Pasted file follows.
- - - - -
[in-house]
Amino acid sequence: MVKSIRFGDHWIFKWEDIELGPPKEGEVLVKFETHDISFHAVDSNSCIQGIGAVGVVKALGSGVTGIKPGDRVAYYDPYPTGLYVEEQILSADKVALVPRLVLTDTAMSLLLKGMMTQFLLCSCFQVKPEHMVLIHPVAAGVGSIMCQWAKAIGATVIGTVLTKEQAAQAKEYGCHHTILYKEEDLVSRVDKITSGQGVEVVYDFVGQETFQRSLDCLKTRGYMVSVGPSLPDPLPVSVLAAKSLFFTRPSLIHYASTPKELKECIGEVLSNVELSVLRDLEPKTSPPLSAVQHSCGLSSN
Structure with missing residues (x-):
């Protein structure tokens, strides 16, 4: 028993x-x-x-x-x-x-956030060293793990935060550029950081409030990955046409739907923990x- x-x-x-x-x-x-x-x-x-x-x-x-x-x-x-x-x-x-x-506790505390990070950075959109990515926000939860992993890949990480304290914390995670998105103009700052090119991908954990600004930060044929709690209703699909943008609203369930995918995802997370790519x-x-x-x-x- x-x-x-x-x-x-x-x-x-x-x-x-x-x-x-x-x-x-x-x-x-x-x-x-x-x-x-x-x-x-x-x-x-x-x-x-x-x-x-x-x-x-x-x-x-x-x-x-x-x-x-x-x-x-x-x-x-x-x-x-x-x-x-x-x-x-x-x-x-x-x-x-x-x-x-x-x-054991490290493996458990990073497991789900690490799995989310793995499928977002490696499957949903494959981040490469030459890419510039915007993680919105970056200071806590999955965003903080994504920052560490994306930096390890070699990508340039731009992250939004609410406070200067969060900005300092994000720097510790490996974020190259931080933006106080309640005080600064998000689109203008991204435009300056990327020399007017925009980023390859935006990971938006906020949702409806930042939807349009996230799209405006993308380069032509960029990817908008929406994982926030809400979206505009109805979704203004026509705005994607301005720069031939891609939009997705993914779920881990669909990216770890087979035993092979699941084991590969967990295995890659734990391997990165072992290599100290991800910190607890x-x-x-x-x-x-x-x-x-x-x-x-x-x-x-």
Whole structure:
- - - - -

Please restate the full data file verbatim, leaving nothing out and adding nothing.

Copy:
[in-house]
Amino acid sequence: MVKSIRFGDHWIFKWEDIELGPPKEGEVLVKFETHDISFHAVDSNSCIQGIGAVGVVKALGSGVTGIKPGDRVAYYDPYPTGLYVEEQILSADKVALVPRLVLTDTAMSLLLKGMMTQFLLCSCFQVKPEHMVLIHPVAAGVGSIMCQWAKAIGATVIGTVLTKEQAAQAKEYGCHHTILYKEEDLVSRVDKITSGQGVEVVYDFVGQETFQRSLDCLKTRGYMVSVGPSLPDPLPVSVLAAKSLFFTRPSLIHYASTPKELKECIGEVLSNVELSVLRDLEPKTSPPLSAVQHSCGLSSN
Structure with missing residues (x-):
């Protein structure tokens, strides 16, 4: 028993x-x-x-x-x-x-956030060293793990935060550029950081409030990955046409739907923990x- x-x-x-x-x-x-x-x-x-x-x-x-x-x-x-x-x-x-x-506790505390990070950075959109990515926000939860992993890949990480304290914390995670998105103009700052090119991908954990600004930060044929709690209703699909943008609203369930995918995802997370790519x-x-x-x-x- x-x-x-x-x-x-x-x-x-x-x-x-x-x-x-x-x-x-x-x-x-x-x-x-x-x-x-x-x-x-x-x-x-x-x-x-x-x-x-x-x-x-x-x-x-x-x-x-x-x-x-x-x-x-x-x-x-x-x-x-x-x-x-x-x-x-x-x-x-x-x-x-x-x-x-x-x-054991490290493996458990990073497991789900690490799995989310793995499928977002490696499957949903494959981040490469030459890419510039915007993680919105970056200071806590999955965003903080994504920052560490994306930096390890070699990508340039731009992250939004609410406070200067969060900005300092994000720097510790490996974020190259931080933006106080309640005080600064998000689109203008991204435009300056990327020399007017925009980023390859935006990971938006906020949702409806930042939807349009996230799209405006993308380069032509960029990817908008929406994982926030809400979206505009109805979704203004026509705005994607301005720069031939891609939009997705993914779920881990669909990216770890087979035993092979699941084991590969967990295995890659734990391997990165072992290599100290991800910190607890x-x-x-x-x-x-x-x-x-x-x-x-x-x-x-």
Whole structure: